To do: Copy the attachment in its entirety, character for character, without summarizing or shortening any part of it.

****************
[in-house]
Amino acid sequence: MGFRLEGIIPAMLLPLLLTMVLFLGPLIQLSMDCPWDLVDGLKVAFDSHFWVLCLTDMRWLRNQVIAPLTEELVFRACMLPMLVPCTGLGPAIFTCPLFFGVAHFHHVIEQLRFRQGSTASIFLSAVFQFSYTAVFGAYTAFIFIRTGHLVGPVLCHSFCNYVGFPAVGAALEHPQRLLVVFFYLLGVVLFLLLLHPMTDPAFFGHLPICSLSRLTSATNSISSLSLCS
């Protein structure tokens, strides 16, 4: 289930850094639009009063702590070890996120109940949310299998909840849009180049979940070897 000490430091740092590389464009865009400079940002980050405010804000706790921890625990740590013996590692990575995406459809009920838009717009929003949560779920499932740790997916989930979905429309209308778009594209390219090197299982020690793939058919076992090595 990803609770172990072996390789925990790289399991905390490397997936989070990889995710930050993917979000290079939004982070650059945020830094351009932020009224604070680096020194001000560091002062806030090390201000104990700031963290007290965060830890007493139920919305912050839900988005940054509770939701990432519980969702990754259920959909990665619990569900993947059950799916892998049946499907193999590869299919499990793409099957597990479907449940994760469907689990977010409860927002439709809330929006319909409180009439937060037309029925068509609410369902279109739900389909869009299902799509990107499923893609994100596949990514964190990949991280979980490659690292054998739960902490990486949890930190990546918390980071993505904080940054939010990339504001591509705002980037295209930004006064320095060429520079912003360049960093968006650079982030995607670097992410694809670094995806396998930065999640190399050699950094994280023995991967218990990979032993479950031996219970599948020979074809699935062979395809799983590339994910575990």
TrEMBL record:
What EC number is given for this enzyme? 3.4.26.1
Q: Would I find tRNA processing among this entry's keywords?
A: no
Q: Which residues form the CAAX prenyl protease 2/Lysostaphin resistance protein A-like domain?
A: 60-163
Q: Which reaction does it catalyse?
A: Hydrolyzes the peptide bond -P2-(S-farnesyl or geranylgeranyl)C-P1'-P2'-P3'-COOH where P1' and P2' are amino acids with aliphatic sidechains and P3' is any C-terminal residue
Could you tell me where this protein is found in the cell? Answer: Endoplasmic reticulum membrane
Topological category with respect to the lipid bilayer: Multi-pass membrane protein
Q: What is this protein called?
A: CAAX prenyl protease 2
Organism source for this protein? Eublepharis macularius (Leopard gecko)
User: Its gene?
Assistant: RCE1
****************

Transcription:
[in-house]
Amino acid sequence: MGFRLEGIIPAMLLPLLLTMVLFLGPLIQLSMDCPWDLVDGLKVAFDSHFWVLCLTDMRWLRNQVIAPLTEELVFRACMLPMLVPCTGLGPAIFTCPLFFGVAHFHHVIEQLRFRQGSTASIFLSAVFQFSYTAVFGAYTAFIFIRTGHLVGPVLCHSFCNYVGFPAVGAALEHPQRLLVVFFYLLGVVLFLLLLHPMTDPAFFGHLPICSLSRLTSATNSISSLSLCS
């Protein structure tokens, strides 16, 4: 289930850094639009009063702590070890996120109940949310299998909840849009180049979940070897 000490430091740092590389464009865009400079940002980050405010804000706790921890625990740590013996590692990575995406459809009920838009717009929003949560779920499932740790997916989930979905429309209308778009594209390219090197299982020690793939058919076992090595 990803609770172990072996390789925990790289399991905390490397997936989070990889995710930050993917979000290079939004982070650059945020830094351009932020009224604070680096020194001000560091002062806030090390201000104990700031963290007290965060830890007493139920919305912050839900988005940054509770939701990432519980969702990754259920959909990665619990569900993947059950799916892998049946499907193999590869299919499990793409099957597990479907449940994760469907689990977010409860927002439709809330929006319909409180009439937060037309029925068509609410369902279109739900389909869009299902799509990107499923893609994100596949990514964190990949991280979980490659690292054998739960902490990486949890930190990546918390980071993505904080940054939010990339504001591509705002980037295209930004006064320095060429520079912003360049960093968006650079982030995607670097992410694809670094995806396998930065999640190399050699950094994280023995991967218990990979032993479950031996219970599948020979074809699935062979395809799983590339994910575990």
TrEMBL record:
What EC number is given for this enzyme? 3.4.26.1
Q: Would I find tRNA processing among this entry's keywords?
A: no
Q: Which residues form the CAAX prenyl protease 2/Lysostaphin resistance protein A-like domain?
A: 60-163
Q: Which reaction does it catalyse?
A: Hydrolyzes the peptide bond -P2-(S-farnesyl or geranylgeranyl)C-P1'-P2'-P3'-COOH where P1' and P2' are amino acids with aliphatic sidechains and P3' is any C-terminal residue
Could you tell me where this protein is found in the cell? Answer: Endoplasmic reticulum membrane
Topological category with respect to the lipid bilayer: Multi-pass membrane protein
Q: What is this protein called?
A: CAAX prenyl protease 2
Organism source for this protein? Eublepharis macularius (Leopard gecko)
User: Its gene?
Assistant: RCE1